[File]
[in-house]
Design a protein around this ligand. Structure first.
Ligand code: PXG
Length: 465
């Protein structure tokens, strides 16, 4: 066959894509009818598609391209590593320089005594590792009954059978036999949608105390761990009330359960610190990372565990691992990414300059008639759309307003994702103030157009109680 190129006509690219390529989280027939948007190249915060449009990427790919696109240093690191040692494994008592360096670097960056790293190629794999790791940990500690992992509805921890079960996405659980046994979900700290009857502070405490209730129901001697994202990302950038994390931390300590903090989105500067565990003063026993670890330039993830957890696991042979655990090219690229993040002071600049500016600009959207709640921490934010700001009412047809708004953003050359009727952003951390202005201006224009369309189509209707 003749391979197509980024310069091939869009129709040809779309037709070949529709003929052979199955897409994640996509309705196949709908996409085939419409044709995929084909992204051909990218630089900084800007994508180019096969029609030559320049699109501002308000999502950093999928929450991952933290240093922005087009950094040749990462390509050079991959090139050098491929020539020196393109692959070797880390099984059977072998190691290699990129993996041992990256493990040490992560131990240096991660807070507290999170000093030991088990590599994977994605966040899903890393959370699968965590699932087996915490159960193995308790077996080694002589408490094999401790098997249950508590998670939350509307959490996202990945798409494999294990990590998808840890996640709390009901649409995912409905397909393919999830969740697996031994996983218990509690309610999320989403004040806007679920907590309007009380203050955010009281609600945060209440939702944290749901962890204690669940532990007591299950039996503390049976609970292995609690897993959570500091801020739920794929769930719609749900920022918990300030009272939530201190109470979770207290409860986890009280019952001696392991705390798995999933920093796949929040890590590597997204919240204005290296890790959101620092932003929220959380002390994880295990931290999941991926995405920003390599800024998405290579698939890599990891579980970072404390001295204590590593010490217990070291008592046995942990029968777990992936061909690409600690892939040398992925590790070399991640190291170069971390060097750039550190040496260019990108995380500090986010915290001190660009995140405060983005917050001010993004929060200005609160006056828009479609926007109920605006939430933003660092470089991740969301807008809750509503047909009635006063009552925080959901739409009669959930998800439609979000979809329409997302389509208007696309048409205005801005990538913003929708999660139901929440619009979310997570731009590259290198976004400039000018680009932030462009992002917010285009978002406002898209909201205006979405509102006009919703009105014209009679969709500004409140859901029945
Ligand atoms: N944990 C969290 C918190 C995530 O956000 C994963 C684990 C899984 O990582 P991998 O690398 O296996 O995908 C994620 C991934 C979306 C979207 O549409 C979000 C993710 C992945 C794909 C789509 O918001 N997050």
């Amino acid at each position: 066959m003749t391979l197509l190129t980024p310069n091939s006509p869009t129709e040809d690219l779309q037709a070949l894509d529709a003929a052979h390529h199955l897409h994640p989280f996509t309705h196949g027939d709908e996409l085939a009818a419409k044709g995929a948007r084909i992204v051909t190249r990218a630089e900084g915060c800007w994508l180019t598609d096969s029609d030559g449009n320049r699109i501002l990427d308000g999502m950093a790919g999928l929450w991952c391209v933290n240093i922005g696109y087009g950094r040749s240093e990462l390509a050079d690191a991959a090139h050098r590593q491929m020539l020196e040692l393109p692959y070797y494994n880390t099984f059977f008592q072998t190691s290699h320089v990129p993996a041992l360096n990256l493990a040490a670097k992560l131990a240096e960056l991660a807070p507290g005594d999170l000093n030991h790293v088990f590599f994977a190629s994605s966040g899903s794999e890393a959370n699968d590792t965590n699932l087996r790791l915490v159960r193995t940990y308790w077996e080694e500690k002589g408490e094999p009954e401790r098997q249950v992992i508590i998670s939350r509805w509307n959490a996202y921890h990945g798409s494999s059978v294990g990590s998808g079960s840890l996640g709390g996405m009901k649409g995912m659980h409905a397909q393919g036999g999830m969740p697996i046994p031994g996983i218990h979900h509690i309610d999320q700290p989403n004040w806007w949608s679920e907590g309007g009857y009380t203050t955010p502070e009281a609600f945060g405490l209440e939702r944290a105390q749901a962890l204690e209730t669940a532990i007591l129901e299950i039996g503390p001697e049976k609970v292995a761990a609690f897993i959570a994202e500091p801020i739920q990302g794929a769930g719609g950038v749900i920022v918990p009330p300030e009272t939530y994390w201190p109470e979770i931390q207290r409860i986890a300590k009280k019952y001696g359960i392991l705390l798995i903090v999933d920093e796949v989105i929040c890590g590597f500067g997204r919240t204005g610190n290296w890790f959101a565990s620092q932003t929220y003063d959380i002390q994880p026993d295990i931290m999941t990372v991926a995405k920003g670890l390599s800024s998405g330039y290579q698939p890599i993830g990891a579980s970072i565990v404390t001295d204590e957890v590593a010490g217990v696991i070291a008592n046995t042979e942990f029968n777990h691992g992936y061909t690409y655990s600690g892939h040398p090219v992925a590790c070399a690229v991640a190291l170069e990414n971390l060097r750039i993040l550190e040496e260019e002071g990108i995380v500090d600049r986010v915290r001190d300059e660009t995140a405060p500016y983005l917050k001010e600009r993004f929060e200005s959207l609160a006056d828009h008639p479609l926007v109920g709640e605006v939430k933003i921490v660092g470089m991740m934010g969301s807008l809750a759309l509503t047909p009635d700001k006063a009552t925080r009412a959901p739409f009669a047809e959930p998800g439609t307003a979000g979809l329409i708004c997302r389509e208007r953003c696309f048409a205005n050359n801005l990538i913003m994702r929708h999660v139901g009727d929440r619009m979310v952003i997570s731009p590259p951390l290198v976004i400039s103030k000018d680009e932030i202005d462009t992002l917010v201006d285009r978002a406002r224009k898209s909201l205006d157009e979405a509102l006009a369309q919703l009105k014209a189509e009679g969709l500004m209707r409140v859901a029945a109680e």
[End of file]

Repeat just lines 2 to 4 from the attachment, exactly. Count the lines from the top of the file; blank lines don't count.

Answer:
Design a protein around this ligand. Structure first.
Ligand code: PXG
Length: 465